Urban Outfitters Hipster vs. Wicker Park Artist: Consumption and Authenticity

Urban Outfitter's Hipster (Artist)

Urban Outfitters’ Hipster

One of my sisters favorite clothing stores on the face of the planet is Urban Outfitters, but there’s one thing that she loves even more: dragging me in there with her. I’ve never really enjoyed shopping there, mostly  because I think that the clothing, though it is made well, is incredibly pricy. It’s safe to say, but don’t quote me on it, that a large percent of the LA population has at least one item of clothing from the store.

When Ruby and I went in one day in search of a new dress for her high school dance, I asked her why she liked the store out of the blue. She told me that she thought the clothing was really cool, and had a hipster feel to them. Curious, I asked her what she meant by that, and in response, she said that the look and style of the products at Urban had an old school, edgy feel. Not having much of a fashion sense myself, I assumed that Urban could definitely be seen as a hipster style. Richard Lloyd would probably disagree with me, though, and for good reason.

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Wicker Park Artists

In his book Neo-Bohemia: Art and Commerce in the Postindustrial City, Lloyd touches on trying to define the authenticity of a hipster, or in his terms, artist.  When looking at clothing, such as those from Urban Outfitters, it’s important to see that the ‘hip’ that is being presented isn’t one that is authentic, as much as it used as a tool for consumption. In order to fit in, Urban is getting people to spend loads of money on clothing items, candles, and room decorations that are produced to look vintage, which defeats the whole purpose of the word hipster or artist in the first place. The authenticity of the hipster doesn’t only lie in the ‘cool’ clothing that they wear, but in the lifestyle that they live as well. Lloyd discusses the authentic hipsters as useful labor, by saying that the artists do their jobs because they want to do it.  When interviewing workers around Wicker Park, Lloyd interviewed a painter named Tom. When asked about his job, Tom said, ‘I have something I do that is very important to me-making art-and I’m prepared to forgo other comforts for that’ (Lloyd, 165). This leads into the next point of artists not being dependent on money, as much as they are on the success of their art. The concern for making profit is not the motive, which Lloyd explains when saying that ‘a local art fair may be designed to sell an artist’s work, but at the same time, the fair may also be selling the idea of the neighborhood as a desirable place to live’ (Lloyd, 167). This kind of group, which was examined by Lloyd to be found in Wicker Park, is strong due to the joint activity of all of the artists who share the urbanized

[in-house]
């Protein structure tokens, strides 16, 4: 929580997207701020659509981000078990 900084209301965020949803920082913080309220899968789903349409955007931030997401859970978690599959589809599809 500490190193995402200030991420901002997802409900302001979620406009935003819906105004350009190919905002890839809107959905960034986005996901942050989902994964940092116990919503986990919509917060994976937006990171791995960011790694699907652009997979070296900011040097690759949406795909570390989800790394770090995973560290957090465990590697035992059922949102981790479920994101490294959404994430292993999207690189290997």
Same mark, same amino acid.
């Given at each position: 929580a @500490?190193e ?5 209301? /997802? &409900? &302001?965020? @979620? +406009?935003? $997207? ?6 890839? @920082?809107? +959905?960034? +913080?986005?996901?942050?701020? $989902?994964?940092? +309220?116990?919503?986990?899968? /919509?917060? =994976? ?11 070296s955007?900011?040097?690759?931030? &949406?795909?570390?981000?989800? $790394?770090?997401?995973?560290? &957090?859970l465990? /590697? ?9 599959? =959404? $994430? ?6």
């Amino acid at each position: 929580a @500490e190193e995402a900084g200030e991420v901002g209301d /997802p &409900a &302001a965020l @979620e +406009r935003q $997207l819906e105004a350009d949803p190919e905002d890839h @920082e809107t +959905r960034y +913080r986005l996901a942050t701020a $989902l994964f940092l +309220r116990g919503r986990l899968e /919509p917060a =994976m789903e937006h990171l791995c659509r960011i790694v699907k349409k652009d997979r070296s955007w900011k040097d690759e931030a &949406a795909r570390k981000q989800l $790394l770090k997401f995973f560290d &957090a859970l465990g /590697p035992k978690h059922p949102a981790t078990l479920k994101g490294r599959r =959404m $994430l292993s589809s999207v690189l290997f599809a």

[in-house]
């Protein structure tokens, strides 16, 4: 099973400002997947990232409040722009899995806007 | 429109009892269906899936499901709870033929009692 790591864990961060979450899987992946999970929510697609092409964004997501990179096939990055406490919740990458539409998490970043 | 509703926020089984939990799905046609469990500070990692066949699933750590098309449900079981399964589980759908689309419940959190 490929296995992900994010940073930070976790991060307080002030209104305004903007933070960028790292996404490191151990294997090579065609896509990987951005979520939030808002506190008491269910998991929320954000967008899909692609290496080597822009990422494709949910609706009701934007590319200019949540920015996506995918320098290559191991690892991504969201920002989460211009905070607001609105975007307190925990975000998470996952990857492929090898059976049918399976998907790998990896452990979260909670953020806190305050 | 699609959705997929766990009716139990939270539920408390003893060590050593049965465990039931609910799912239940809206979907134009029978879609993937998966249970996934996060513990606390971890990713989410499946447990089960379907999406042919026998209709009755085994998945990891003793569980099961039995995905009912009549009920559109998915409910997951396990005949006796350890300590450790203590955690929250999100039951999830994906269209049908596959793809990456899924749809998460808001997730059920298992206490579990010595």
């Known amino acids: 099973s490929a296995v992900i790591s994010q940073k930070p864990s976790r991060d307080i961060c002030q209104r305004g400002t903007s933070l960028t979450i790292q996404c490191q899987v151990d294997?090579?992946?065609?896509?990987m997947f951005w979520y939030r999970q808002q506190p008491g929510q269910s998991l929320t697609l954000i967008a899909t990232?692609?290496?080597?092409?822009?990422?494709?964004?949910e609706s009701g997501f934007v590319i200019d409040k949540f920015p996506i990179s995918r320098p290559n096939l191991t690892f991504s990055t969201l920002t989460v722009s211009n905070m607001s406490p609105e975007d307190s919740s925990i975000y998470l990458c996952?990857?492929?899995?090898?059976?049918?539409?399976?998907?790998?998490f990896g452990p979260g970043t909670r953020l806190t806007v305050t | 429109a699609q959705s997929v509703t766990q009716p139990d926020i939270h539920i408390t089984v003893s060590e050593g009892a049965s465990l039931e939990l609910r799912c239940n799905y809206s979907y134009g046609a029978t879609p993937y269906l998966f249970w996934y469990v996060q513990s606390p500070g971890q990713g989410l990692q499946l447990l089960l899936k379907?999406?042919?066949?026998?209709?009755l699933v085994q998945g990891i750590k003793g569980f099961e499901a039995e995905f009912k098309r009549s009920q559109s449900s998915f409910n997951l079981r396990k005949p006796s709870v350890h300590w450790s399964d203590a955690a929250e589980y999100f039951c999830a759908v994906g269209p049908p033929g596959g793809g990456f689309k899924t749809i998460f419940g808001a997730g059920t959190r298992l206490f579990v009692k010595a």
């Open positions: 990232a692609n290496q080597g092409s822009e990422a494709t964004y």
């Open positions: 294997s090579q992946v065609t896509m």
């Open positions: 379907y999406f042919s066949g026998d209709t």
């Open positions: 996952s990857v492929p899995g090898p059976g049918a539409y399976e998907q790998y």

space.

Does posing that the ‘authentic hipster’ is one who is useful labor, passionate about art and not financially dependent really matter? While I think that these three things do distinguish the authentic from those who are consumer driven for now, I believe that this will begin to start evolving, just as the history of Wicker Park that Lloyd took us through did. One way that I can see this happening is by too many people coming into he community. That being said, if a neighborhood does get to ‘cool’, will it outfit the title of being bohemian or neo-bohemian?

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